As I writhed under it, I would at times feel that learning to read had been a curse rather than a blessing. It had given me a view of my wretched condition, without the remedy. It opened my eye to the horrible pit, but no ladder upon which to get out. In moments of agony, I envied my fellow-slaves for their stupidity. – Frederick Douglass, Narrative of the Life of Frederick Douglass, An American Slave
Frederick Douglass was an American of many talents. As a boy, he learned to read – no small task for a slave – then taught other slaves to read. Later, he would be a writer, orator and statesman in the cause of abolition, one of the very best examples of someone who, despite supreme obstacles, followed his heart and trusted his instincts to live the life he was meant to live. Today is the anniversary of his escape to freedom when he was, more or less, 20-years-old. Douglass never knew his age. He could reckon it to within a year or maybe a few months, but he never knew for sure the date of his birth.
As I writhed under it, I would at times feel that learning to read had been a curse rather than a blessing…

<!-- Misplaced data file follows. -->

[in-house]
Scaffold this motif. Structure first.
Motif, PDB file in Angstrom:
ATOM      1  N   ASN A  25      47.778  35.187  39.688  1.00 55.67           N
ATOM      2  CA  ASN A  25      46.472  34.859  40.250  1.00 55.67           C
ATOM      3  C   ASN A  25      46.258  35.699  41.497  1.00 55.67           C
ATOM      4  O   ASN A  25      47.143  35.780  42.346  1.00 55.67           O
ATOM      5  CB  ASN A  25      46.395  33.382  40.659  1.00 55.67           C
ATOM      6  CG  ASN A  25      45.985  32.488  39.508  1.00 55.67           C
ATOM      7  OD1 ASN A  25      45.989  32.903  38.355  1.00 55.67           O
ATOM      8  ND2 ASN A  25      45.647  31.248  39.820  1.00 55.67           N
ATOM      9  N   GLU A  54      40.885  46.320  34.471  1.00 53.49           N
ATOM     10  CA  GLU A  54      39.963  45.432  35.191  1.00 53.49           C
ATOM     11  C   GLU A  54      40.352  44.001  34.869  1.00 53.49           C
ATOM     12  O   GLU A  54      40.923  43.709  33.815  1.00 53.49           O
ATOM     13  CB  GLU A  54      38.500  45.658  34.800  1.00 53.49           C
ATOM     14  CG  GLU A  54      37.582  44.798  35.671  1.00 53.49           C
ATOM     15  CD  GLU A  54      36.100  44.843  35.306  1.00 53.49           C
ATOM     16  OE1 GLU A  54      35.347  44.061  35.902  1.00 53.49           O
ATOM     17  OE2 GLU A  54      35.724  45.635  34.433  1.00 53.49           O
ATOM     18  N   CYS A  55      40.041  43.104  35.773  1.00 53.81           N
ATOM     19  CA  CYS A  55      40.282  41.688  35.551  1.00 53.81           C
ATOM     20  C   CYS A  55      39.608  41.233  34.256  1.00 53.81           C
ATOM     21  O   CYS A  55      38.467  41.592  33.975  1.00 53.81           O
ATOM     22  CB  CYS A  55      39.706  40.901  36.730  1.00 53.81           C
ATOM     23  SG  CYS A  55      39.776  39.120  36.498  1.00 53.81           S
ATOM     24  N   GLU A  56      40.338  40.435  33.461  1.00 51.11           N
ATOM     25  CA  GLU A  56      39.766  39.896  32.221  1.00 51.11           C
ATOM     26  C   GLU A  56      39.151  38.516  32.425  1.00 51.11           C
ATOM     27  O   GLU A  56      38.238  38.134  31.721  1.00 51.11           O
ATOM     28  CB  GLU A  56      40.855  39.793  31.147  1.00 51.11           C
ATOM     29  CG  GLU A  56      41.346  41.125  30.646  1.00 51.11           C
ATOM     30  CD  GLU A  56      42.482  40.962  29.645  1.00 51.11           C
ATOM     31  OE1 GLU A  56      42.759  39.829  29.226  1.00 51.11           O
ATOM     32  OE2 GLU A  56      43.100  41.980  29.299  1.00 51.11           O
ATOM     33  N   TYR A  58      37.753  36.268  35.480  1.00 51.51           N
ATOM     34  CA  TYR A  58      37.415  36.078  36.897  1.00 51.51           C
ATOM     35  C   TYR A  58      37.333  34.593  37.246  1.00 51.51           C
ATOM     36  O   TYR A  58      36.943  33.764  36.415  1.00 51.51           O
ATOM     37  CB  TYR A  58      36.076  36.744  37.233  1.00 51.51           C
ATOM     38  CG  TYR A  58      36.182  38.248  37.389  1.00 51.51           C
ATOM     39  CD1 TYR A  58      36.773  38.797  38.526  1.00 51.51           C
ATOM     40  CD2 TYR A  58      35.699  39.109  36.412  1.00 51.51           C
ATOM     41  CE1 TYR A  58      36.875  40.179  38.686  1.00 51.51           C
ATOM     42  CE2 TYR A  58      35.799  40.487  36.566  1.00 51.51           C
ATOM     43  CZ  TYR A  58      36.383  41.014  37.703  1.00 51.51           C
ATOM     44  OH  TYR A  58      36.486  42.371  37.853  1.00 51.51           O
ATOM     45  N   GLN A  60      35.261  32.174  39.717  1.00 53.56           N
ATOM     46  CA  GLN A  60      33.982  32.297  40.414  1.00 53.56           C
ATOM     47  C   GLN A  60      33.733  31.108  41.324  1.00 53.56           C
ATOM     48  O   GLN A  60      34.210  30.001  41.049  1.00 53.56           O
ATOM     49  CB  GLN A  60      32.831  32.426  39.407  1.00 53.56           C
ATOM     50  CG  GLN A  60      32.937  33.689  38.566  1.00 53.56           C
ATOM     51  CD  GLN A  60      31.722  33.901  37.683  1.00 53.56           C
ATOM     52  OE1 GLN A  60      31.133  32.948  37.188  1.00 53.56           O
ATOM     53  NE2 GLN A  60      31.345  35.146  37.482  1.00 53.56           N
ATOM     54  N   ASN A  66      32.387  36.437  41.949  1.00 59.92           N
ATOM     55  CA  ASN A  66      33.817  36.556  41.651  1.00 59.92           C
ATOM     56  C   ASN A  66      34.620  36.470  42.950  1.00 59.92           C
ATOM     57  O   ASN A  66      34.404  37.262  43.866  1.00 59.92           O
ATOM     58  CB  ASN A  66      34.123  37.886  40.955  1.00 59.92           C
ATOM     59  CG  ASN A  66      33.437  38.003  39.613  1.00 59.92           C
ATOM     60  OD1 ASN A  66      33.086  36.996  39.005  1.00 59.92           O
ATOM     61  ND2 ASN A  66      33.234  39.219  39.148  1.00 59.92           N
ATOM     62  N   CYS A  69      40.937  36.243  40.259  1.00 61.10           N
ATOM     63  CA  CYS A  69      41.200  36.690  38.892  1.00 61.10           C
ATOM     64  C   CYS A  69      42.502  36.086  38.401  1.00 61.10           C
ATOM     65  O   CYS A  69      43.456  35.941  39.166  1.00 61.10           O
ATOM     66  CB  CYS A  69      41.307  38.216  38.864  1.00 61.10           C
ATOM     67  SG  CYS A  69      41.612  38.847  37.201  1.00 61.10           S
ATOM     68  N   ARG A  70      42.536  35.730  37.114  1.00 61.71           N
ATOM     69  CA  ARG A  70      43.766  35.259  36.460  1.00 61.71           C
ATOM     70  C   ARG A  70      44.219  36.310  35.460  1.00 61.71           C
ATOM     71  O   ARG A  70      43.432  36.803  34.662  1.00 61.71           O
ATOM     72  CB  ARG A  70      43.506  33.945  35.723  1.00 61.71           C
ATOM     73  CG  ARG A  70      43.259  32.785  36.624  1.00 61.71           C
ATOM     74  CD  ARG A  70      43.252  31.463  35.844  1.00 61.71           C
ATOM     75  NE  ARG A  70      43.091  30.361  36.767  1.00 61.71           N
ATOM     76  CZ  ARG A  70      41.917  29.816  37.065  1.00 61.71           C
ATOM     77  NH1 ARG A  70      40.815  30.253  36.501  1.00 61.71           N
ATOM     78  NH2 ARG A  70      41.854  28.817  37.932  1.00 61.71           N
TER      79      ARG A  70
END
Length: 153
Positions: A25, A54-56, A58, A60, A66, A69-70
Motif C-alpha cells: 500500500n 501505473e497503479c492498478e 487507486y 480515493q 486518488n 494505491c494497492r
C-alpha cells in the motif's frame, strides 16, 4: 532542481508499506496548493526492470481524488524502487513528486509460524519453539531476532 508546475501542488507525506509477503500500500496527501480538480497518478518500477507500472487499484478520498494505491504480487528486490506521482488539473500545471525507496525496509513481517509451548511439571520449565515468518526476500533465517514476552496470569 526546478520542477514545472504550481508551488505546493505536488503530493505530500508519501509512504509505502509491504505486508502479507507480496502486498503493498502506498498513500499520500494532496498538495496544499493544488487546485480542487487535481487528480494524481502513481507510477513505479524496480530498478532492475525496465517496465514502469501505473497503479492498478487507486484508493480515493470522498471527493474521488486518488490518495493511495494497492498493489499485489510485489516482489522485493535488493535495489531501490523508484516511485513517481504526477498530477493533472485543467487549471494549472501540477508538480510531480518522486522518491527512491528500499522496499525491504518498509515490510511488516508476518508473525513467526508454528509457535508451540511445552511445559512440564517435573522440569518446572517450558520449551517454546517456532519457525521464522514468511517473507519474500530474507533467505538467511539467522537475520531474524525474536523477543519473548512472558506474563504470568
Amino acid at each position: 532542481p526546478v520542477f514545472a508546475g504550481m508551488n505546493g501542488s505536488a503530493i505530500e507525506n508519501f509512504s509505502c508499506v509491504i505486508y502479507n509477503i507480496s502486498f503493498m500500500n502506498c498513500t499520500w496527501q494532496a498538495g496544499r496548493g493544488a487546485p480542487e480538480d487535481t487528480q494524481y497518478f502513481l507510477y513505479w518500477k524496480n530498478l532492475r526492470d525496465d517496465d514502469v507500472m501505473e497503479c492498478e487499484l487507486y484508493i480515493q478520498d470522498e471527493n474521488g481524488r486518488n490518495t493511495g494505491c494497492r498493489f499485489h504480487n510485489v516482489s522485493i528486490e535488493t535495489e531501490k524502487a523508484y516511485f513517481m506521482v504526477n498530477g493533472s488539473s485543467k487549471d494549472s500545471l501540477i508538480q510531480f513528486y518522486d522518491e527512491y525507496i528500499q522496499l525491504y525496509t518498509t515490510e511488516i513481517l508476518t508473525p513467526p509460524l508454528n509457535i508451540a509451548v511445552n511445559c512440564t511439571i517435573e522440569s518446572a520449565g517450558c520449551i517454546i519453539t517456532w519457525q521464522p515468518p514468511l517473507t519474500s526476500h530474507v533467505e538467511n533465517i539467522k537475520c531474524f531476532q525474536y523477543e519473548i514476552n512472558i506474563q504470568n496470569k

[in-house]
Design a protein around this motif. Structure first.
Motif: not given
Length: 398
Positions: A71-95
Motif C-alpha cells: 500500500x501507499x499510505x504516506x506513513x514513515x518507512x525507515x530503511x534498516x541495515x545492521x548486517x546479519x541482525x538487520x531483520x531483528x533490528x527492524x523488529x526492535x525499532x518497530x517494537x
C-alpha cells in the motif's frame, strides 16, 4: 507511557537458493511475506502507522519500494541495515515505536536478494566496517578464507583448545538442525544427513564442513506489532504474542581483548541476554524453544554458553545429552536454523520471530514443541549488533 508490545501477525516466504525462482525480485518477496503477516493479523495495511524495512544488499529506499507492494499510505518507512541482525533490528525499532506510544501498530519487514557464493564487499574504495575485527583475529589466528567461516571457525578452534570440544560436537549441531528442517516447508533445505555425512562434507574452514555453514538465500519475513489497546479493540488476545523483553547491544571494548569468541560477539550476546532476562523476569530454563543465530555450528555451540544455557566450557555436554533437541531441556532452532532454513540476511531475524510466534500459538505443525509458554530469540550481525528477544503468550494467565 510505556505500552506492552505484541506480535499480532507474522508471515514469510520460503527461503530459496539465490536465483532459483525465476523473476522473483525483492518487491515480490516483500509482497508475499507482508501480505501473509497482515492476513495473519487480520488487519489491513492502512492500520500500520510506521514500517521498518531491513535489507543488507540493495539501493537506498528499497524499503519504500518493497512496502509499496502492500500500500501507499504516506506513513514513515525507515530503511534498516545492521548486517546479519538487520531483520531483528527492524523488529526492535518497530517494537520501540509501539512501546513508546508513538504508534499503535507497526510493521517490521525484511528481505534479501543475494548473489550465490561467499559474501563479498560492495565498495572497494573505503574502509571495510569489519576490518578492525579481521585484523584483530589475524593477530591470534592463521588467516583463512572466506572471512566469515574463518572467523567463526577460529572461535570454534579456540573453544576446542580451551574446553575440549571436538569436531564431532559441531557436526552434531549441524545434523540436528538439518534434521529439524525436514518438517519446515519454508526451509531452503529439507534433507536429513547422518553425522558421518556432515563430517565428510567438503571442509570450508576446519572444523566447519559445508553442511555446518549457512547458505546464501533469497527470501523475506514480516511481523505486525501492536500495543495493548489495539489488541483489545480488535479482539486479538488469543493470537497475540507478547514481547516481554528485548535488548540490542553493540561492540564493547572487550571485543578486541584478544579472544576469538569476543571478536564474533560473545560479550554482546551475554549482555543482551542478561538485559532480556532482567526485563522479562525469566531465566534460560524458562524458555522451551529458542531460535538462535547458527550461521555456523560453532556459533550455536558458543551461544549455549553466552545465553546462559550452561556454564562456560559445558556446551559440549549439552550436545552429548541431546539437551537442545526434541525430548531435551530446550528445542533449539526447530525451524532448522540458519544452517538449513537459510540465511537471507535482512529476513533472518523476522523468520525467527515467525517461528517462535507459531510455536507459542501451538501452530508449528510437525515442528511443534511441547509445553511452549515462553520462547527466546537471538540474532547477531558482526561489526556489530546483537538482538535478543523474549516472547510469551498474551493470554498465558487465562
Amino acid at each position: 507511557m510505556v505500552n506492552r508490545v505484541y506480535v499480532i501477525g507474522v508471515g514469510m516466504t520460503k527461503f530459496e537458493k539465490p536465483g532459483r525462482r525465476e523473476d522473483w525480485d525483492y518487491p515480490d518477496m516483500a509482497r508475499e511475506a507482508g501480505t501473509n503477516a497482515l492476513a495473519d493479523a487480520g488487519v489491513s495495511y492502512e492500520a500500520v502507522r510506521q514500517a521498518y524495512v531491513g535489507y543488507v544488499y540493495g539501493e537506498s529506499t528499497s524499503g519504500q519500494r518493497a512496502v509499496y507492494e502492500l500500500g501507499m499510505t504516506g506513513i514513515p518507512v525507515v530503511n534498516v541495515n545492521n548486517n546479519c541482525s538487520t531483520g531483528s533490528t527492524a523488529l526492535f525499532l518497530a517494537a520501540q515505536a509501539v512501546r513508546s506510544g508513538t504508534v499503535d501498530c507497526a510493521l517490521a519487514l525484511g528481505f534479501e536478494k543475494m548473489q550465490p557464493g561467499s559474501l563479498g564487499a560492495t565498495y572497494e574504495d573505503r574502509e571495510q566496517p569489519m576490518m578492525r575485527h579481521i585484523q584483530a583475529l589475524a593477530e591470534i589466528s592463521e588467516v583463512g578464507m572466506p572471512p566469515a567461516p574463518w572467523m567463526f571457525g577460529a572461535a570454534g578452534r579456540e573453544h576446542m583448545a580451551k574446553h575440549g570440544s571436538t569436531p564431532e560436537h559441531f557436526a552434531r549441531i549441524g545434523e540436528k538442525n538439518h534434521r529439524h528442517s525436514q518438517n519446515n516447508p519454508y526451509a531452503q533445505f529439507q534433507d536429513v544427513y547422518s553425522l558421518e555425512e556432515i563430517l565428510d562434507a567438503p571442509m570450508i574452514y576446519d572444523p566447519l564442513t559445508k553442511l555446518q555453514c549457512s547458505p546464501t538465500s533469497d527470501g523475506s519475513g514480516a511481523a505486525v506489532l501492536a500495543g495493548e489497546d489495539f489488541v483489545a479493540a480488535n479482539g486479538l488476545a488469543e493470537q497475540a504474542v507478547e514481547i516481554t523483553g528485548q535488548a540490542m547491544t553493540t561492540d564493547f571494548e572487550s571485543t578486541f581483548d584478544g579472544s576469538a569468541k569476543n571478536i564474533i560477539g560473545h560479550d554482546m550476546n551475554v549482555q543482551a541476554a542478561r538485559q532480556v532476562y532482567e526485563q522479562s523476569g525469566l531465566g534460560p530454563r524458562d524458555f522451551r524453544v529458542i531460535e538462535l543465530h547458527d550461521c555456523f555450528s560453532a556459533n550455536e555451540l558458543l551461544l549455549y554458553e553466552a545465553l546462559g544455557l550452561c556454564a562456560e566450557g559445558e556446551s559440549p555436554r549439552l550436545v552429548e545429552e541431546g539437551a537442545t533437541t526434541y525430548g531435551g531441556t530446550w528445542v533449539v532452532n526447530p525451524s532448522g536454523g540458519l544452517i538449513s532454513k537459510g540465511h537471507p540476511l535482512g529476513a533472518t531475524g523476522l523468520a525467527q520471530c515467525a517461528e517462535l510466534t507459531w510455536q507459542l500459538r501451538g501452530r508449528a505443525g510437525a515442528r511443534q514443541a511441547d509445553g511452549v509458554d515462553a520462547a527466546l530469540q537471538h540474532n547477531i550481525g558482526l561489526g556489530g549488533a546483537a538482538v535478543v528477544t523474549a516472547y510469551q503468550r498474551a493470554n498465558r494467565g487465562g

Knowledge is an interesting animal. Not knowing what you should know and want to know leads to an unfulfilling life. Knowledge gained, however, sometimes leads to challenges you have no answer for and some might think the ignorance of not knowing in the first place was better.
Douglass certainly felt this. Reading had opened his eyes to his ‘wretched condition’. It had not, as he noted, provided the solution. Worse, his fellow slaves, unburdened with this knowledge, went about their wasted lives not knowing any better. Maybe they were better off.
They were not. Ignorance is nothing more than further layers of chains. Learning to read and think gave Douglass a working and useful mind, a mind that was able to plan and execute his escape from slavery. He would live to see slavery ended the United States, though America still fights the race battle.
Douglass’ life provides lessons today. Knowledge is there for everyone and it shows itself in every possible circumstance if we are open to finding it. Doing this will not solve the world’s problems nor will it solve all of ours. You work and plan and try to make something good happen for yourself, sometimes with the success you are looking for, sometimes not. It’s the way the world is built.
However, if we are armed with a persistent and working mind, and we follow our hearts and trust our instincts, we can, like Douglass, live a life that is useful to us and others.
The Thought for the Day runs regularly. Quotes are from Gaylon’s private stock.